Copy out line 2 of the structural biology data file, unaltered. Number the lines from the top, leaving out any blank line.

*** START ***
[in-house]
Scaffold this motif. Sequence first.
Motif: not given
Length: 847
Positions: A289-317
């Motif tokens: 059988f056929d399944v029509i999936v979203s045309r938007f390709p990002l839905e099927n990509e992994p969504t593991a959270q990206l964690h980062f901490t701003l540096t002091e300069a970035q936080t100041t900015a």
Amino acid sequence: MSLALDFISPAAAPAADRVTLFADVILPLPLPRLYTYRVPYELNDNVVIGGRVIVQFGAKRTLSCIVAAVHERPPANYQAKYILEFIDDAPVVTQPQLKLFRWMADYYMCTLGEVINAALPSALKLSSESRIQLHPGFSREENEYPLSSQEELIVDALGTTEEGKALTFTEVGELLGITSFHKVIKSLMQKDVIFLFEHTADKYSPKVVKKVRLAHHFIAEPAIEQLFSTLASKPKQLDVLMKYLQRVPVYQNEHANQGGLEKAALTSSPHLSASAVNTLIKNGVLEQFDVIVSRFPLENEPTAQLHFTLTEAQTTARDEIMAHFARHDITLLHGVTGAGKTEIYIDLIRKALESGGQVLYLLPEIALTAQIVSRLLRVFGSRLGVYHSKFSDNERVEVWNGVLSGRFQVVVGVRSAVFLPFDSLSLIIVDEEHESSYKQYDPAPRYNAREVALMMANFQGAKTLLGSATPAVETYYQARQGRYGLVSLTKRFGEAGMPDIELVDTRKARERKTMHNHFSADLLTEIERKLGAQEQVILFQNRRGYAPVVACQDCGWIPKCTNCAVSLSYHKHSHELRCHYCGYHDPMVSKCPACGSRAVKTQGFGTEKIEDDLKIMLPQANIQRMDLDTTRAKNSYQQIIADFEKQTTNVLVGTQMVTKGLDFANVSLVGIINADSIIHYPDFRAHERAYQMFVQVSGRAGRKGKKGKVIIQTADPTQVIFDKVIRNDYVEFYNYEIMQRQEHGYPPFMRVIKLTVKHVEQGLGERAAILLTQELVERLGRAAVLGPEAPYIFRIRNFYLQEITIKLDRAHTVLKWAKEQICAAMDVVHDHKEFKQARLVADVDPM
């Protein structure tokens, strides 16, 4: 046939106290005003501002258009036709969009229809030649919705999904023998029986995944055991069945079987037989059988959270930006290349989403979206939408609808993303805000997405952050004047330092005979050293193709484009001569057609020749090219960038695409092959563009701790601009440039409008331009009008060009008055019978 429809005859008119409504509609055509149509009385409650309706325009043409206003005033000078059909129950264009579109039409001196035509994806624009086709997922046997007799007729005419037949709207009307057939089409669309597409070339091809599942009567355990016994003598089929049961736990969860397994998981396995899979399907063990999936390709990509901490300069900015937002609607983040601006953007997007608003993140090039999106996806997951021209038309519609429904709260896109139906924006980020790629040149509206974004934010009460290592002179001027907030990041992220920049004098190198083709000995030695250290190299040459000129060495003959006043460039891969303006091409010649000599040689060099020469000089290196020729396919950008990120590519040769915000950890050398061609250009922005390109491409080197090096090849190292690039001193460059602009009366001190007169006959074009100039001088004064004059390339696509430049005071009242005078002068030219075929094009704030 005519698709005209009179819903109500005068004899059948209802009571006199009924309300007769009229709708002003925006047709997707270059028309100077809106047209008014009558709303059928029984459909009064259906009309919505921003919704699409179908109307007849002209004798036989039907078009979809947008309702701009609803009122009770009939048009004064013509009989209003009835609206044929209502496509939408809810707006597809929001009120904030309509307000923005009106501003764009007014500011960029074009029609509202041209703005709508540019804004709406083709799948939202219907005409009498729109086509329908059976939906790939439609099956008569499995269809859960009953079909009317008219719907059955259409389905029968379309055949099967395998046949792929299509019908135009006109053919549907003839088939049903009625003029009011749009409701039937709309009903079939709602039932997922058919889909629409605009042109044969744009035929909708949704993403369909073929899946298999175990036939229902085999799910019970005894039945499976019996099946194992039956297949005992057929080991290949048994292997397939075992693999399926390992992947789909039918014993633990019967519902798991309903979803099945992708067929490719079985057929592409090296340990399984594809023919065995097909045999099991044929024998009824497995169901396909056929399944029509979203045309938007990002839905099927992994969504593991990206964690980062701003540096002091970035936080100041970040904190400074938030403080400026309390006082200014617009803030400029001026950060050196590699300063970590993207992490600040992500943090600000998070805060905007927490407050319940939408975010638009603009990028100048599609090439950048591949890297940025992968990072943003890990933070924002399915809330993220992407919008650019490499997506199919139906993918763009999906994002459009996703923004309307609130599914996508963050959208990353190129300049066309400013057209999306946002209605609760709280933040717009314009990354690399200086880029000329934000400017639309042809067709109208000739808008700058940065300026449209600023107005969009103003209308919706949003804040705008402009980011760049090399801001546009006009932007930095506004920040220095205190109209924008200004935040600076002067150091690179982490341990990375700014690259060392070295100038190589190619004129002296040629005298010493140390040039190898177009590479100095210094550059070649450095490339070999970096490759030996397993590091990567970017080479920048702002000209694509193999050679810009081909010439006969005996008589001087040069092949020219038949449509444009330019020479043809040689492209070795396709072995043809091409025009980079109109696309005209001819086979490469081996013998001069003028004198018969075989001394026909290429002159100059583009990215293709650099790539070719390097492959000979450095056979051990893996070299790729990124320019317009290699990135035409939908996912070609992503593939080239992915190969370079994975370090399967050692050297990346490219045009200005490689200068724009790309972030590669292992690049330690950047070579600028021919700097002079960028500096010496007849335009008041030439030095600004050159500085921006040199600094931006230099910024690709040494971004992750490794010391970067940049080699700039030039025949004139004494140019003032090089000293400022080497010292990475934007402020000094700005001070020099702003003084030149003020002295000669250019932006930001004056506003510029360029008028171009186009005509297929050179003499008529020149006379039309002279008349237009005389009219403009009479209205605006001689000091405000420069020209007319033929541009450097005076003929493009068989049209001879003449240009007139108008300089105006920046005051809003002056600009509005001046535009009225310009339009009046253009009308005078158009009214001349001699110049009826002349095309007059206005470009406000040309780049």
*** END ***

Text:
Scaffold this motif. Sequence first.